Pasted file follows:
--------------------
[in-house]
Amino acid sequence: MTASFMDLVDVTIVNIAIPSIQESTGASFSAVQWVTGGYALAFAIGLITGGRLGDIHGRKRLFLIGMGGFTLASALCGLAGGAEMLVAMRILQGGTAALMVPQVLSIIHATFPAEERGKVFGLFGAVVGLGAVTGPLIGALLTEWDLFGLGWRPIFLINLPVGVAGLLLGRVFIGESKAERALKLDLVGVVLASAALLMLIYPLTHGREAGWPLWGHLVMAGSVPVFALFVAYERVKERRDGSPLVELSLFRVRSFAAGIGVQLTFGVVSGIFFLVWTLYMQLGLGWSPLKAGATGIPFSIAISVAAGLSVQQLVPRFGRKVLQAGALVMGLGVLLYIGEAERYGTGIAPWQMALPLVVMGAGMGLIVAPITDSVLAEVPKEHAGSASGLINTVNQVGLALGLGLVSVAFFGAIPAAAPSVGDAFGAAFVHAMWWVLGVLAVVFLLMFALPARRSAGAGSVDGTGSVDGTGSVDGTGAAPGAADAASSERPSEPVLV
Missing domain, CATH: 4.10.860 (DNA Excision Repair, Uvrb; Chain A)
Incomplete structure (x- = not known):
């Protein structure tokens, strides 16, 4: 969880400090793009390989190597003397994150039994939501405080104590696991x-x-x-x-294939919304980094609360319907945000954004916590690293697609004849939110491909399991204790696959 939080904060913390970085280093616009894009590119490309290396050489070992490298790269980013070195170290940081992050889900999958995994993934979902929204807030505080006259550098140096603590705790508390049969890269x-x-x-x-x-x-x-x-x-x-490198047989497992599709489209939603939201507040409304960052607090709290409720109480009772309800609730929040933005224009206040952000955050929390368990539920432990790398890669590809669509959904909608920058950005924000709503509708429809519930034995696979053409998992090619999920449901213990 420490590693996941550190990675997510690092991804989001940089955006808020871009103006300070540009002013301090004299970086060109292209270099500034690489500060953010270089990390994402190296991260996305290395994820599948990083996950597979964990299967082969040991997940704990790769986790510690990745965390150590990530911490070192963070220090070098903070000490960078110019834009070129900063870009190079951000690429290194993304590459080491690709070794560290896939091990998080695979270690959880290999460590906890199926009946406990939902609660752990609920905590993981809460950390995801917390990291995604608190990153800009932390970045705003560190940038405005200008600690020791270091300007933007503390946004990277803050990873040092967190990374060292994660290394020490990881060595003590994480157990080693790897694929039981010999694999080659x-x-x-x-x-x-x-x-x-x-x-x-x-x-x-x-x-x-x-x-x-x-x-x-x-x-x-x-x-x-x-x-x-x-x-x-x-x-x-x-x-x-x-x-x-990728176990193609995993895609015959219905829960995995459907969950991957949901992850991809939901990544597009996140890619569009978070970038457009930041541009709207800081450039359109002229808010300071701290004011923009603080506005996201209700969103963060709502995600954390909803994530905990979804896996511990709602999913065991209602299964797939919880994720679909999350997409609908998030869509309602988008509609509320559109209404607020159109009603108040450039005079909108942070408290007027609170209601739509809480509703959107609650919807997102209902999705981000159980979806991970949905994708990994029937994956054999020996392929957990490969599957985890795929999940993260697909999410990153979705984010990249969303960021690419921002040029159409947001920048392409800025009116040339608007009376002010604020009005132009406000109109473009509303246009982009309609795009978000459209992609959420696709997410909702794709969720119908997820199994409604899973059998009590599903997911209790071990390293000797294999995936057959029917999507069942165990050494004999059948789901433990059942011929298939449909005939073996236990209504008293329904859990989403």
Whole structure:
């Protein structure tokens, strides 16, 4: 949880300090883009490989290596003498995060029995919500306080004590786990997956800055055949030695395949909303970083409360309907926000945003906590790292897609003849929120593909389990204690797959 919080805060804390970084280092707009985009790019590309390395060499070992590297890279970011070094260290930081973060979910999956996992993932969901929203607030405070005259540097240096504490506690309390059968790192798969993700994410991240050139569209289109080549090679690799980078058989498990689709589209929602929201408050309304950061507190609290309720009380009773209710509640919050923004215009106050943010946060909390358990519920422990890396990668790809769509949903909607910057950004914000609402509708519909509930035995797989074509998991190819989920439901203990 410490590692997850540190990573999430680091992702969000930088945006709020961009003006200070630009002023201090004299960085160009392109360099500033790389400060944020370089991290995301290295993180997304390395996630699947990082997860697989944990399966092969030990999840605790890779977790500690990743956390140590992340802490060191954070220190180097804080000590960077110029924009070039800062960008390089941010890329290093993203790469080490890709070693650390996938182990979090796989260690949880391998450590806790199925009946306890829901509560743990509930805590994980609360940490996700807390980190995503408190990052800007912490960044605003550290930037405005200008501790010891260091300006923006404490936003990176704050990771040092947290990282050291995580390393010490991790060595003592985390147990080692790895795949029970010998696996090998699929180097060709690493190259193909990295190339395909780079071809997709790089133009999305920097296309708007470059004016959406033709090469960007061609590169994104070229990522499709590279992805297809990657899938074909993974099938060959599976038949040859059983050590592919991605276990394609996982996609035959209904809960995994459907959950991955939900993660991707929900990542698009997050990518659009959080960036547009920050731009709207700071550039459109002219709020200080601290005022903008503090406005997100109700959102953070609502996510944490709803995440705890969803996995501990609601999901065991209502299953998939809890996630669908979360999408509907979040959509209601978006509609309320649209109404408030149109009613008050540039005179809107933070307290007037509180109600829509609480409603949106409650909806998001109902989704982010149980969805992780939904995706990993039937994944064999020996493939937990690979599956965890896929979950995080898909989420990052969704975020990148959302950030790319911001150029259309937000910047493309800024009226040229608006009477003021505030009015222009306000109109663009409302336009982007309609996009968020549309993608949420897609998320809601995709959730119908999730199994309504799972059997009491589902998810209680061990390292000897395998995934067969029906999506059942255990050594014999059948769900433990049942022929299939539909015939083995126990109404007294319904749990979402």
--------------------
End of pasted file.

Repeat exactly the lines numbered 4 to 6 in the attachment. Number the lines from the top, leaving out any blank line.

Incomplete structure (x- = not known):
């Protein structure tokens, strides 16, 4: 969880400090793009390989190597003397994150039994939501405080104590696991x-x-x-x-294939919304980094609360319907945000954004916590690293697609004849939110491909399991204790696959 939080904060913390970085280093616009894009590119490309290396050489070992490298790269980013070195170290940081992050889900999958995994993934979902929204807030505080006259550098140096603590705790508390049969890269x-x-x-x-x-x-x-x-x-x-490198047989497992599709489209939603939201507040409304960052607090709290409720109480009772309800609730929040933005224009206040952000955050929390368990539920432990790398890669590809669509959904909608920058950005924000709503509708429809519930034995696979053409998992090619999920449901213990 420490590693996941550190990675997510690092991804989001940089955006808020871009103006300070540009002013301090004299970086060109292209270099500034690489500060953010270089990390994402190296991260996305290395994820599948990083996950597979964990299967082969040991997940704990790769986790510690990745965390150590990530911490070192963070220090070098903070000490960078110019834009070129900063870009190079951000690429290194993304590459080491690709070794560290896939091990998080695979270690959880290999460590906890199926009946406990939902609660752990609920905590993981809460950390995801917390990291995604608190990153800009932390970045705003560190940038405005200008600690020791270091300007933007503390946004990277803050990873040092967190990374060292994660290394020490990881060595003590994480157990080693790897694929039981010999694999080659x-x-x-x-x-x-x-x-x-x-x-x-x-x-x-x-x-x-x-x-x-x-x-x-x-x-x-x-x-x-x-x-x-x-x-x-x-x-x-x-x-x-x-x-x-990728176990193609995993895609015959219905829960995995459907969950991957949901992850991809939901990544597009996140890619569009978070970038457009930041541009709207800081450039359109002229808010300071701290004011923009603080506005996201209700969103963060709502995600954390909803994530905990979804896996511990709602999913065991209602299964797939919880994720679909999350997409609908998030869509309602988008509609509320559109209404607020159109009603108040450039005079909108942070408290007027609170209601739509809480509703959107609650919807997102209902999705981000159980979806991970949905994708990994029937994956054999020996392929957990490969599957985890795929999940993260697909999410990153979705984010990249969303960021690419921002040029159409947001920048392409800025009116040339608007009376002010604020009005132009406000109109473009509303246009982009309609795009978000459209992609959420696709997410909702794709969720119908997820199994409604899973059998009590599903997911209790071990390293000797294999995936057959029917999507069942165990050494004999059948789901433990059942011929298939449909005939073996236990209504008293329904859990989403």
Whole structure: